Somehow I see attempter dressed up like a shaman, blessing the hydroponics tanks. The main problem with subsistence agriculture is, quite honestly, uncertainty. But, I’m told, look on the bright side. Global warming is actually beneficial to vegetation. Now, if gardening were promoted as a ‘healthy lifestyle’ occupation, we’d get somewhere.

        1. “Somehow” you’d be wrong. And I already responded to your questions. Non-corporate agriculture is “uncertain”? Well, one thing that is 100% certain is the unsustainability and eventual failure of corporate ag.

          (Also certain is that, to the extent corporate ag continues to prevail, the non-rich populace will be reduced to serfdom. I’ll take democratic ag’s political “uncertainty” over guaranteed feudalism any time.)

          As for Skippy, I’d never dream of interfering with the bounty he thinks he’ll continue to enjoy from corporate agriculture post-oil, post-synthetic fertilizer, with sterile and toxic soil, and once GMO monoculture collapses and superweeds completely engulf the fields. He and his kind are welcome to eat whatever they can grow out of that.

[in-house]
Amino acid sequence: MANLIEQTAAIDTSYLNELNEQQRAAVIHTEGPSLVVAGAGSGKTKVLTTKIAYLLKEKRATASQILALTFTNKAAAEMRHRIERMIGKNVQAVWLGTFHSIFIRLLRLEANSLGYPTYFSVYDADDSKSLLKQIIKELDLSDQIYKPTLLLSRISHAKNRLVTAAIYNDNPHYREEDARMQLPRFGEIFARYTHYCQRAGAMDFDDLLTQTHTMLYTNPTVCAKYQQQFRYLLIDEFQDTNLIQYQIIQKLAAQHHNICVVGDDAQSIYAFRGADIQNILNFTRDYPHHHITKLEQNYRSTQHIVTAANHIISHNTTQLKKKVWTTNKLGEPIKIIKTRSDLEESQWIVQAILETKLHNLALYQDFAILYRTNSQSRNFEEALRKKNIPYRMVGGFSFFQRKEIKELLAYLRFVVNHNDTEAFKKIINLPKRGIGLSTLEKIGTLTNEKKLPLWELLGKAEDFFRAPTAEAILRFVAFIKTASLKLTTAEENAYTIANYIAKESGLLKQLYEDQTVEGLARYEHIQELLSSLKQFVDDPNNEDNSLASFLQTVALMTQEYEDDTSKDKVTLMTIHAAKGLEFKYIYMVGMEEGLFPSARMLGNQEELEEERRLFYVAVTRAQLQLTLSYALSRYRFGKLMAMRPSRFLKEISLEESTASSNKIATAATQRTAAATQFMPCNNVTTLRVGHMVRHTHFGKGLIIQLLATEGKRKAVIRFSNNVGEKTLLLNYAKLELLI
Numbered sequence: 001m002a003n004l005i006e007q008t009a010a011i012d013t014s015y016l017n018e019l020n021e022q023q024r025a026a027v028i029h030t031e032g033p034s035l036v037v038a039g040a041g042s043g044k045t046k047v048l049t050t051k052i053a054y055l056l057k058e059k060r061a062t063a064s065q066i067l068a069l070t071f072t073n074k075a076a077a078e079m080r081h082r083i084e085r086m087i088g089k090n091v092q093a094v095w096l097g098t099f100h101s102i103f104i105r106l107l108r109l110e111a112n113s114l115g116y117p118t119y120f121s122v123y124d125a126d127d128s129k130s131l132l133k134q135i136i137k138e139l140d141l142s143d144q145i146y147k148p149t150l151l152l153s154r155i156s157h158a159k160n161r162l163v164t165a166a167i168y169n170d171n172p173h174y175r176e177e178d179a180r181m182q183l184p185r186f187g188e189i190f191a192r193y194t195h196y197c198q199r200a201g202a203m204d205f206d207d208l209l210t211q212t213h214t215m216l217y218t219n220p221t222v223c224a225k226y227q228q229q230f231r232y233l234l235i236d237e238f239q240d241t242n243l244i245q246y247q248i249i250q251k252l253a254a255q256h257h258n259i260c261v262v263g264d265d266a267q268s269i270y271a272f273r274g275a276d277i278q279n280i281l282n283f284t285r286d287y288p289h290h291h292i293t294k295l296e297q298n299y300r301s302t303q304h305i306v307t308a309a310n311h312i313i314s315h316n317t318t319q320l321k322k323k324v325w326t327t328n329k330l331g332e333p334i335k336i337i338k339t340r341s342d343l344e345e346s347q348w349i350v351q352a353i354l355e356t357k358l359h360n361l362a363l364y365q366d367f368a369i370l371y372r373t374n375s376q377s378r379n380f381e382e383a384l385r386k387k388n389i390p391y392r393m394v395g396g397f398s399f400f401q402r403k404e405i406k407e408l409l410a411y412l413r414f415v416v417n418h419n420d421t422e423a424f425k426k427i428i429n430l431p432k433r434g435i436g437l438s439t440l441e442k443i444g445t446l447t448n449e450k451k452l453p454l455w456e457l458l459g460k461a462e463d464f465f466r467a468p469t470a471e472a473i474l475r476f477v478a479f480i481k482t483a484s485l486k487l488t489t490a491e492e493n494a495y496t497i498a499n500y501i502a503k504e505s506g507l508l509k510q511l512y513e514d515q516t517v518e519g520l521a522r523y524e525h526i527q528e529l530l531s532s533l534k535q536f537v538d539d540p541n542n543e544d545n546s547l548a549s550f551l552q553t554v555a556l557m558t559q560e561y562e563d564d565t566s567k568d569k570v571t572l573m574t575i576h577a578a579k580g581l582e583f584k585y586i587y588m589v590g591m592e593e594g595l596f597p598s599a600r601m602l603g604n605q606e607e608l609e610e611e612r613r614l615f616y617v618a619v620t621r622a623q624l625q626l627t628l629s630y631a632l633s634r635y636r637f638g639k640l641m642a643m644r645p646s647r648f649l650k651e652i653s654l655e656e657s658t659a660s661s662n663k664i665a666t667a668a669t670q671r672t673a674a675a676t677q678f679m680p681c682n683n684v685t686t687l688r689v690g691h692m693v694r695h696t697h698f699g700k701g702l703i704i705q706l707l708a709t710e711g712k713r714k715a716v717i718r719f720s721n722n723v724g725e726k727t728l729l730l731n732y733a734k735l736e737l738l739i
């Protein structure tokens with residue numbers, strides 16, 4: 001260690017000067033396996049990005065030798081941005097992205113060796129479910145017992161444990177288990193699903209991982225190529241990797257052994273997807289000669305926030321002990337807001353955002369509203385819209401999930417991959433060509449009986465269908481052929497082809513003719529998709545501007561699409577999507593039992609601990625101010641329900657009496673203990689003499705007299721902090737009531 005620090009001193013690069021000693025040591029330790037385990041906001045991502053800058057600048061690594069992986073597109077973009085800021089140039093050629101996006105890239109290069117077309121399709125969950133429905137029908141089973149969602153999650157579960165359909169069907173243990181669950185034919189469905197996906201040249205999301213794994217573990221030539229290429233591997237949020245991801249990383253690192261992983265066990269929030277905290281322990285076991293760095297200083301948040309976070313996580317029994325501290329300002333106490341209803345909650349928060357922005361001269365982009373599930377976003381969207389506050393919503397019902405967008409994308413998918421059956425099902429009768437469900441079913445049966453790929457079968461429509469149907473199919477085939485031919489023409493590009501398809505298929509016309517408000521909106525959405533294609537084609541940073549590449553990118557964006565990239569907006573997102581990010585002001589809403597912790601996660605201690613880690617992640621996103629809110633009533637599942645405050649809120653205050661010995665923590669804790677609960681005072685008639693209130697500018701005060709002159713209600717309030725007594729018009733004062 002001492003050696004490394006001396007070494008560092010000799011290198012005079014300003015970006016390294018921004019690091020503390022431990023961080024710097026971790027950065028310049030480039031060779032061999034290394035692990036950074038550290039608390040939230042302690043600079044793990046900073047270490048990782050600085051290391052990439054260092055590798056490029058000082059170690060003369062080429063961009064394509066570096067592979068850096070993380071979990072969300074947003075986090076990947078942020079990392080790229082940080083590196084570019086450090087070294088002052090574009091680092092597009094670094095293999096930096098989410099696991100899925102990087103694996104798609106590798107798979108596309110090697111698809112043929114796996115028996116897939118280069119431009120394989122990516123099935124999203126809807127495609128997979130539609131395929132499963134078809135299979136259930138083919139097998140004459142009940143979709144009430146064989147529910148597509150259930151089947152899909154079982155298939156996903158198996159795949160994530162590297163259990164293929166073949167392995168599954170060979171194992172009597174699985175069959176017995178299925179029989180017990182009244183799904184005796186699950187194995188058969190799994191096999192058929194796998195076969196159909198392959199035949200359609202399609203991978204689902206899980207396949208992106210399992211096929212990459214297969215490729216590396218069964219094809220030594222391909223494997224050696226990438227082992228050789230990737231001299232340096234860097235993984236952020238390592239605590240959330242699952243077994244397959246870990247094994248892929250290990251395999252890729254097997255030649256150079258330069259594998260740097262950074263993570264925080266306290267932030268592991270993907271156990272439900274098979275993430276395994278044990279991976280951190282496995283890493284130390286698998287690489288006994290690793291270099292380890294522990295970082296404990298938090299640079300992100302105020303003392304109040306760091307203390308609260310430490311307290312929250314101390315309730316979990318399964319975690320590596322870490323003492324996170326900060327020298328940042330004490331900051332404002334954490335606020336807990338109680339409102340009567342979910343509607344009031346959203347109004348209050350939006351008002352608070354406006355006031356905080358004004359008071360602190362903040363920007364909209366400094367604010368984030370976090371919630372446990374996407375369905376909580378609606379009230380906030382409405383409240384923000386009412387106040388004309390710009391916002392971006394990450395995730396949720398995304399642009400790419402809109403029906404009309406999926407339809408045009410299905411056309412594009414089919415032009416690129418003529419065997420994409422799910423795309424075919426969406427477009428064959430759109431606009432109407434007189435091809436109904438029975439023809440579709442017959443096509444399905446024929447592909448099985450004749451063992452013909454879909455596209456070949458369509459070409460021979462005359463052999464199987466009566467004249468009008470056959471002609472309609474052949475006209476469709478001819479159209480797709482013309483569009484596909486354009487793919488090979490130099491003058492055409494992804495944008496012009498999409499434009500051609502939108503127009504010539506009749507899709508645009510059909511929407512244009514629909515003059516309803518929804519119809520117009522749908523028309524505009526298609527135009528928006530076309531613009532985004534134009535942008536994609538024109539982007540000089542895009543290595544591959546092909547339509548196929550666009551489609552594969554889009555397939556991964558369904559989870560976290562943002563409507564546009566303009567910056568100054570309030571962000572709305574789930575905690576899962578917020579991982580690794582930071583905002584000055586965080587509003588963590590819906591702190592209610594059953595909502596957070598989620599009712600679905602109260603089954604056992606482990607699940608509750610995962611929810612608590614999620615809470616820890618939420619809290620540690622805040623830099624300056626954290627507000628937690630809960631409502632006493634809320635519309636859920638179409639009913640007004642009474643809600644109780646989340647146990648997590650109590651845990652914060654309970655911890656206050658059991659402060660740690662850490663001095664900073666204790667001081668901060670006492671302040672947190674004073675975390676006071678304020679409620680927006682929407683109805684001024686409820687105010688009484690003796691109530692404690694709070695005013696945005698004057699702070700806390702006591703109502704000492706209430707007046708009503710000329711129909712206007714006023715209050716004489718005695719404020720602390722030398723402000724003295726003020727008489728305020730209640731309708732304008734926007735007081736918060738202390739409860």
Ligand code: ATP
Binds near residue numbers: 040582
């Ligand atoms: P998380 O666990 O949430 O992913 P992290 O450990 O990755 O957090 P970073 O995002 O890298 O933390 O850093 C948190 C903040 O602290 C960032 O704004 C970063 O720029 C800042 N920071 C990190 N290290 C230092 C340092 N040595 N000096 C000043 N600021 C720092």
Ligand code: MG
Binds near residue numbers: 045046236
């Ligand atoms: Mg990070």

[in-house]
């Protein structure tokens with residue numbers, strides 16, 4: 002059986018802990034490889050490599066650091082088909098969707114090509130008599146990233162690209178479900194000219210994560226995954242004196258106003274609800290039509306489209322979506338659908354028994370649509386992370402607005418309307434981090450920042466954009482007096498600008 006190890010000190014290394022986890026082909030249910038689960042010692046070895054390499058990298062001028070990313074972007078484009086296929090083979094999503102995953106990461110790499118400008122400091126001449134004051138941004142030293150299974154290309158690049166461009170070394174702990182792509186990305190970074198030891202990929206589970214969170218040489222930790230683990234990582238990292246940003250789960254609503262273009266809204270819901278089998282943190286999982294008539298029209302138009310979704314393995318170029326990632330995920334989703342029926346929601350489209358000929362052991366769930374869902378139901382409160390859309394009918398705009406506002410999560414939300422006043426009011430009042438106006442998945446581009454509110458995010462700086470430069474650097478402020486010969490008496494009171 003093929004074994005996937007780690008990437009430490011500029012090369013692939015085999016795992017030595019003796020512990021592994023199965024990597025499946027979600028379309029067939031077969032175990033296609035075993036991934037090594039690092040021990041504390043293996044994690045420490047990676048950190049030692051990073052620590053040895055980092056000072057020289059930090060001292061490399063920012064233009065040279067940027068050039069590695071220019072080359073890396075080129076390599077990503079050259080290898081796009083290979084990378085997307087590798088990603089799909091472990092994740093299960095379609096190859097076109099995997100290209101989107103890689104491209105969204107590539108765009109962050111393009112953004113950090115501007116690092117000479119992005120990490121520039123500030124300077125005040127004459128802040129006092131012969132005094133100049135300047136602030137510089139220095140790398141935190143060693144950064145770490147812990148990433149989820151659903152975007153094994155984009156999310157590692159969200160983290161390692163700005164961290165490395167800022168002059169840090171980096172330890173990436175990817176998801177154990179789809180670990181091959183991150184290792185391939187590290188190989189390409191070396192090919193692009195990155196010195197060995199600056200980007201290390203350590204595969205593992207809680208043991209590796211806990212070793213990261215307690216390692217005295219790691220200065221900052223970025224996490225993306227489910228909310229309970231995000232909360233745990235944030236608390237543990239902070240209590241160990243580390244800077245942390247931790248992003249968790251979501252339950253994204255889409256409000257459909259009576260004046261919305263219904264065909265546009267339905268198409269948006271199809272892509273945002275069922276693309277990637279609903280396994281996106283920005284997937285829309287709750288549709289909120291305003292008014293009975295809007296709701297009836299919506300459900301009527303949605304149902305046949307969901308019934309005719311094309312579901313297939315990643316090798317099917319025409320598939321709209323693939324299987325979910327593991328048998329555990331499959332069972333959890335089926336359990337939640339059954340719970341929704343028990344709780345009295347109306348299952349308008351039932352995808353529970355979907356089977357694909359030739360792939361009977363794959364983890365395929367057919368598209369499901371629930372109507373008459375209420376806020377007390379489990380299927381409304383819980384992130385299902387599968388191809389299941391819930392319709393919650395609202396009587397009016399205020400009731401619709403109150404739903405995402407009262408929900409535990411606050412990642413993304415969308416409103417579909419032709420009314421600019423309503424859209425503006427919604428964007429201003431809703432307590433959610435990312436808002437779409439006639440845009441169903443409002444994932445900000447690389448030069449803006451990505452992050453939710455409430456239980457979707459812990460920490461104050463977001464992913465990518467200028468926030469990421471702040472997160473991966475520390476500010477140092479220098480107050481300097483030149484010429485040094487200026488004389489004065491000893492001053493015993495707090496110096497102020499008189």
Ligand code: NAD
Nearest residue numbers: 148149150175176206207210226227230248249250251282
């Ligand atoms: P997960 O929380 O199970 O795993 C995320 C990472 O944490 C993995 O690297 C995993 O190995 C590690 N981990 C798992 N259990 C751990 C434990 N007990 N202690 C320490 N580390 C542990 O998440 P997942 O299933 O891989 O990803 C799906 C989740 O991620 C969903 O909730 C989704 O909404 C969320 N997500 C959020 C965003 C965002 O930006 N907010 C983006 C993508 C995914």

On the other hand, he certainly has no right to decide for others that CAFOs should be allowed to unleash lethal pandemics upon the rest of us. That would make him a putative mass murderer.

          1. ambrit

            Dear attempter;
            Gee fellow, I’m sorry. I have been reading your info on relocalization. Being bought up in urban environments, (London, Los Angeles, Miami,) the small scale farming concepts are difficult to comprehend on an emotional level. I, and I’ll wager a lot of the people here, don’t have the associations available to fully integrate the relocalization ideas. Sort of like the kid who thought that milk came from a plastic jug ‘on the farm’ somewhere.
            As for the shaman allusion. I read a bit of people like Robert Graves, (“The White Goddess” is very good,) Frazer, (“The Golden Bough,”) Weston, (“From Ritual to Romance,”) Campbell, (lots of his stuff deals with shamans,) and others. So, be not dismayed, I’m not seeing you as a Monty Python Shaman at all.
            If it’s some distress over the slow pace of progress with the relocalization idea, at least here in The Empire, be not dismayed. No Prophet is honoured in his own time.